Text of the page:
Patent holder VoIP-Pal on Tuesday announced that it has formally served Apple in an infringement lawsuit, claiming over $2.8 billion in damages from concepts used in services like Wi-Fi Calling and iMessage.
The lawsuit was originally launched on Feb. 9, but VoIP-Pal said it waited until May as it was trying — and is still trying — to reach a settlement through talks. The company is also pursuing actions against AT&T and Verizon, in total seeking some $7 billion if it can't negotiate out of court. The tally against Apple was calculated assuming a 1.25 percent royalty rate based on iPhone, iPad, and Mac profits.
The company is specifically accused of exploiting patents related to VoIP-Pal's "caller attribute classification and routing product design." In the case of iMessage, for instance, this involves the automatic switching system that will direct messages through Apple networks if both people are on Apple devices, or SMS if one person is not.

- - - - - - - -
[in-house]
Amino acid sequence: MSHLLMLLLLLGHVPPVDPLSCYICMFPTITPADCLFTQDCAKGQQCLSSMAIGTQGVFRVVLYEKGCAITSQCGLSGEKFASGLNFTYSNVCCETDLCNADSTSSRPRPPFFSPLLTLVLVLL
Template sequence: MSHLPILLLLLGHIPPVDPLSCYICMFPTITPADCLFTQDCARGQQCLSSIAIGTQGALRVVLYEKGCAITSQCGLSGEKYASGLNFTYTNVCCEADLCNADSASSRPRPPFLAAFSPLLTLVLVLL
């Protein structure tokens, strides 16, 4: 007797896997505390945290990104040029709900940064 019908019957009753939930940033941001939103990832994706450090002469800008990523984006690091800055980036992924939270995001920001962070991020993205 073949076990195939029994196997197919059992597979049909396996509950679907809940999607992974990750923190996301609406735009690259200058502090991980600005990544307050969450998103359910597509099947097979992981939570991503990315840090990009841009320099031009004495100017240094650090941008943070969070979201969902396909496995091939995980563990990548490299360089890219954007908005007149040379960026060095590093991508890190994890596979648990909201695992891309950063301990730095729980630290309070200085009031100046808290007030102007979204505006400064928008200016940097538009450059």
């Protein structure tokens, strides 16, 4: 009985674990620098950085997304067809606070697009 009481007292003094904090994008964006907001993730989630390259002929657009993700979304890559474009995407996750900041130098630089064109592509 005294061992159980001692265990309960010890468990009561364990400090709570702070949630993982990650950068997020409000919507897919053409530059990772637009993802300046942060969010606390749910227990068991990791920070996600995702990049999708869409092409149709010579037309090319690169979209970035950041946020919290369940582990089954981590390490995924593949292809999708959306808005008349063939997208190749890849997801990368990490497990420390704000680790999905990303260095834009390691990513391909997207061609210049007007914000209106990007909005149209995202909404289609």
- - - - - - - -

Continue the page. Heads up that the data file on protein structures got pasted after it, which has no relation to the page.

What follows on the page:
That system has previously proven controversial, and was in fact the subject of a failed lawsuit over problems switching from an iPhone to Android. iMessage links a person's Apple ID with their phone number, and people who switch away from iPhones can find that texts from iPhone-owning friends will go missing.
Although that case ended up dismissed, Apple was long barraged by public complaints about the underlying problem, and ultimately had to create Web tool to let people delink their phone numbers.
VoIP-Pal's case is likely to be settled out of court, presumably through patent licenses or a special agreement. Most such patent disputes don't go to trial, given the expenses involved and the potential penalties for losing.